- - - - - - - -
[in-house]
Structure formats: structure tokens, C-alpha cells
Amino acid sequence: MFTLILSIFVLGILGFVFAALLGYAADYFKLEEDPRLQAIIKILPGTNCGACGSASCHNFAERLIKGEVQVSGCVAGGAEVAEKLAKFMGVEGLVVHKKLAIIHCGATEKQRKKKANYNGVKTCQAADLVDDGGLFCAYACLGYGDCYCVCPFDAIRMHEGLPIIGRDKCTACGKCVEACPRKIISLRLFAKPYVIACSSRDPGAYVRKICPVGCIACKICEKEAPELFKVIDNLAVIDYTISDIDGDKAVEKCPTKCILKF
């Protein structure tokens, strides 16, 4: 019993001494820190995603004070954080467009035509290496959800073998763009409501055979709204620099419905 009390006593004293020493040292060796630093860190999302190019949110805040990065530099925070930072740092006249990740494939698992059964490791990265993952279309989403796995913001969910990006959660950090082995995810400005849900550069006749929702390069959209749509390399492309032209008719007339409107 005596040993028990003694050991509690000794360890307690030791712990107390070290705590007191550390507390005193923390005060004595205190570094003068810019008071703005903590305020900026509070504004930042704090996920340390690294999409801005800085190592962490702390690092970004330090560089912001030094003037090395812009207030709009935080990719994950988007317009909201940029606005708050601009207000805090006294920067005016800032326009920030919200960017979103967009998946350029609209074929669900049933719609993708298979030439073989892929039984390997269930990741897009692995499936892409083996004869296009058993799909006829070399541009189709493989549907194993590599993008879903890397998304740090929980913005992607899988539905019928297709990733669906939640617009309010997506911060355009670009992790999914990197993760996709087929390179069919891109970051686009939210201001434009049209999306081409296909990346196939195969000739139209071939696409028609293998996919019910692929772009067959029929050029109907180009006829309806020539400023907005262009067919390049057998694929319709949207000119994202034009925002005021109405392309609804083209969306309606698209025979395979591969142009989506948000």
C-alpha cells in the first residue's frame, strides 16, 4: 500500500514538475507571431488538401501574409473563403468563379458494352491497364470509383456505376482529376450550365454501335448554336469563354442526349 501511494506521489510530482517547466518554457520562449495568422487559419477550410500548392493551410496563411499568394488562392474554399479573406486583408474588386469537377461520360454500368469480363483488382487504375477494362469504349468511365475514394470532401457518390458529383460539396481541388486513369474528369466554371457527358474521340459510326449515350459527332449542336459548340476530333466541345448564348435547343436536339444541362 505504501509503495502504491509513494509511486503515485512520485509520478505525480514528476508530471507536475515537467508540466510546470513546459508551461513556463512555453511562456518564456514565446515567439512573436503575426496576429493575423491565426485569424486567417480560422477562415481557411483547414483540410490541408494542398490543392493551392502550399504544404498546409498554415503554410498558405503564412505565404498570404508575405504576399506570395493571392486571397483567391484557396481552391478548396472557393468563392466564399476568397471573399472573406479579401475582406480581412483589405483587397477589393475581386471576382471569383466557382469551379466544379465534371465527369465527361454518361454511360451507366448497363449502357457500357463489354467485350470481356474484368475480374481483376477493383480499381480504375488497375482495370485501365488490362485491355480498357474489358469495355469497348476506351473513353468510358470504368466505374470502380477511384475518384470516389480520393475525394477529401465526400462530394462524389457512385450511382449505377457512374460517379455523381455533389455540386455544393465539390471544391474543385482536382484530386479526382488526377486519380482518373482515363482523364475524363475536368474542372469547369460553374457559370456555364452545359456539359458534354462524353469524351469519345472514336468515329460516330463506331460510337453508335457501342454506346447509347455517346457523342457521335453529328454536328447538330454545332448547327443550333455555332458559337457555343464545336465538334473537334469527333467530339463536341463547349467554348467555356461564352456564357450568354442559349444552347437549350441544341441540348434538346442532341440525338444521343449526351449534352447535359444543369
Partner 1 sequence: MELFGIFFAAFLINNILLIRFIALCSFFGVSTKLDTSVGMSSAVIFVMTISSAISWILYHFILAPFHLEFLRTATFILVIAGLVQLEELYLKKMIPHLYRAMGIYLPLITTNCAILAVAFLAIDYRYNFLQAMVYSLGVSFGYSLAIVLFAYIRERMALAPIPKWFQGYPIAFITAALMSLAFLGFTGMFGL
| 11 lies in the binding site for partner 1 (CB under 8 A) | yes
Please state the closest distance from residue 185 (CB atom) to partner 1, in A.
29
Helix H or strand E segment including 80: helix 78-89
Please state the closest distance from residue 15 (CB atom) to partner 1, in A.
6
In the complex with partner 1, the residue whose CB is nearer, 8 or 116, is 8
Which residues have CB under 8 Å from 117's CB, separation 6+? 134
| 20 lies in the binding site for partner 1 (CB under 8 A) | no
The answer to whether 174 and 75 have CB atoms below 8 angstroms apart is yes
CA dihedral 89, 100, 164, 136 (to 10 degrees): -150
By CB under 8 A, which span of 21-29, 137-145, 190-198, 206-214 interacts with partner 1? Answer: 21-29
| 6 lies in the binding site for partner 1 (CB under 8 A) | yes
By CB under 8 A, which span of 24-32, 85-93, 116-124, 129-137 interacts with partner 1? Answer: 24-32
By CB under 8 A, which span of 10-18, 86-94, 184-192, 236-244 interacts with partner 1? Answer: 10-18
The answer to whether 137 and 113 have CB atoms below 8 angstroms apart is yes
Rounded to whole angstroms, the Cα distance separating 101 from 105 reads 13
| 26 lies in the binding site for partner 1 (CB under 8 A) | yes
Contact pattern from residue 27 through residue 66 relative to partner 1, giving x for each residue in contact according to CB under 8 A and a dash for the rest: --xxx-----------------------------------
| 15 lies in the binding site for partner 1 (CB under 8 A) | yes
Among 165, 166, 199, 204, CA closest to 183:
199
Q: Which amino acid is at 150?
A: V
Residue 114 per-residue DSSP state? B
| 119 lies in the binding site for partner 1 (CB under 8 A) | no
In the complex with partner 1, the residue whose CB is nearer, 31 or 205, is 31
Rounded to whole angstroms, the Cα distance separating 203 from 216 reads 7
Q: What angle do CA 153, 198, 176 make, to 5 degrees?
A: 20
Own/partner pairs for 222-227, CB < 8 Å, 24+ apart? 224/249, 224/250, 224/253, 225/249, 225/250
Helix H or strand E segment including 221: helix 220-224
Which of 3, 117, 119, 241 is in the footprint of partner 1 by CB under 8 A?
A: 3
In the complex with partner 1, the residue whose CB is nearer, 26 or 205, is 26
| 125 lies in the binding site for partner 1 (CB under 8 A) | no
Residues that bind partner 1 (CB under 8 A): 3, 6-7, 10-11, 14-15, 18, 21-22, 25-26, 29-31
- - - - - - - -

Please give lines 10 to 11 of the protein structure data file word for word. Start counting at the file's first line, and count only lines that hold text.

Helix H or strand E segment including 80: helix 78-89
Please state the closest distance from residue 15 (CB atom) to partner 1, in A.